Now more than ever, with the pandemic shifting most business interactions online, you’d be hard-pressed to find any business, big or small, that doesn't have social media channels, a website, a blog, a newsletter, or some kind of combination between these elements. So, whether you are aware of it or not, your business already has a content marketing strategy. Now it’s the time to make sure you work better not harder in order to make the most of it. 

What is content marketing?

According to the Content Marketing Institute, content marketing can be defined as “the marketing and business process for creating and distributing relevant and valuable content to attract, acquire, and engage a clearly defined and understood target audience.” Per this definition, content marketing spans across the multiple communication channels any business uses, from printed materials and in-person conversations to digital advertising. 

Creating, maintaining, and populating each official communications channel can feel like a full-time job in itself. Small and medium-sized business owners often find themselves overwhelmed while trying to juggle both their business responsibilities and the demands of maintaining a beneficial content marketing strategy. 

So, what can you, as a small business owner, do to thrive in the increasingly technology-driven marketing world without letting it take over your entire workday? The answer can be summarized in these three useful tips:

1. Start small

Creating a lot of quality content requires time, skills, and design tools that may be too difficult or cost-prohibitive to develop in-house or outsource on a regular basis. 

This means you need to pick your content battles wisely. Always focus on what’s most important for your business at the moment and the most cost-effective and realistic way to achieve it. This could mean settling for a monthly company newsletter that keeps customers thinking about your business all year round or one great social media post per week instead of five mediocre ones that eat away at your resources.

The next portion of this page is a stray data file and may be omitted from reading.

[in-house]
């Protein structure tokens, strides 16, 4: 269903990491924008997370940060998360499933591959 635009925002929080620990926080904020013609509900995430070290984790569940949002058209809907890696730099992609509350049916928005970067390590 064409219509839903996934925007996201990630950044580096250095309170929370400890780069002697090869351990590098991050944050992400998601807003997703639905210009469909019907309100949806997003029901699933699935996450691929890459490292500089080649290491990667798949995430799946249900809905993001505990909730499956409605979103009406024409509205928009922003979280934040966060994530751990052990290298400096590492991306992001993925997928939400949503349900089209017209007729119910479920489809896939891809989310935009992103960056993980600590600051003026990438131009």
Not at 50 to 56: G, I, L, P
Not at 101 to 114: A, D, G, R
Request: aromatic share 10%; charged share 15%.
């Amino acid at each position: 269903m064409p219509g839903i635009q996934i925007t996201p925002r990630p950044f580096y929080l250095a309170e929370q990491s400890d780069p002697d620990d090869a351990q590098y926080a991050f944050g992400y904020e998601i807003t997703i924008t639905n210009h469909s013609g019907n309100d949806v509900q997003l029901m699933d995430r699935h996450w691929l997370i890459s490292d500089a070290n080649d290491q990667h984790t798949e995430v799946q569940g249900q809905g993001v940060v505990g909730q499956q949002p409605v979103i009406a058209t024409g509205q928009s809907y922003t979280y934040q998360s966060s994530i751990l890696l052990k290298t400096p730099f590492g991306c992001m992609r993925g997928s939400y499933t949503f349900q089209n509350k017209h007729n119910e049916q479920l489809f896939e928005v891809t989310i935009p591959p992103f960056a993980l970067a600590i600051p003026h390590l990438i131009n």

Once you’ve defined your basic needs and secured the necessary resources, make sure that whatever content you’re making is as good as it can be, and remember that quality always trumps quantity. 

2. Don’t reinvent the wheel for every Facebook post

Content marketing can make you feel like you’re being pulled in many different directions at once. But rather than lose focus, there is a smart and economic way to give each of your channels something interesting to chew on with minimal effort. All you need is a single good piece of content that can be presented in more than one way.

Let’s assume that you wrote an excellent blog post for your company’s website. Instead of just sharing it as is and moving on to the next time-consuming piece of content, consider how the information it contains can be condensed into several impactful social media posts or newsletter mentions. 

You can, for example, use free online design tools, such as Canva and Snappa, to recreate some of the information in the blog post as a colorful infographic or a visually appealing quote. These images, which only take a few minutes to create, can be shared on any of your social media channels or featured on your website to bring further exposure to your existing content. 

The key idea is to create virtuous circles and synergies with your limited but high-quality content by repackaging and distributing it across all your content marketing channels. This way, you’ll always get more bang for your marketing buck. 

3. Create a content marketing calendar

Think about how your customer communications change over the course of a year and make sure that your content marketing strategy and assets reflect this reality. Create a content marketing calendar at the beginning of each year that contains the most important messages, dates, and company-centric events so you know in advance exactly what needs to be communicated to your customers and when. 

Once your content calendar is ready, work backward from there and plan the creation timelines for each inscribed asset accordingly. If you can’t create everything in-house, consider outsourcing some of the most difficult or time-consuming work. As long as you delegate tasks strategically and designate resources to the assets that will matter the most to your overall communications strategy, you’ll be able to better manage your time and keep your clients happy, engaged, and well-informed.

Like any other aspect of running a small business, your content marketing strategy should be smart and well thought out but it doesn’t have to be time and money consuming if you follow these easy tips.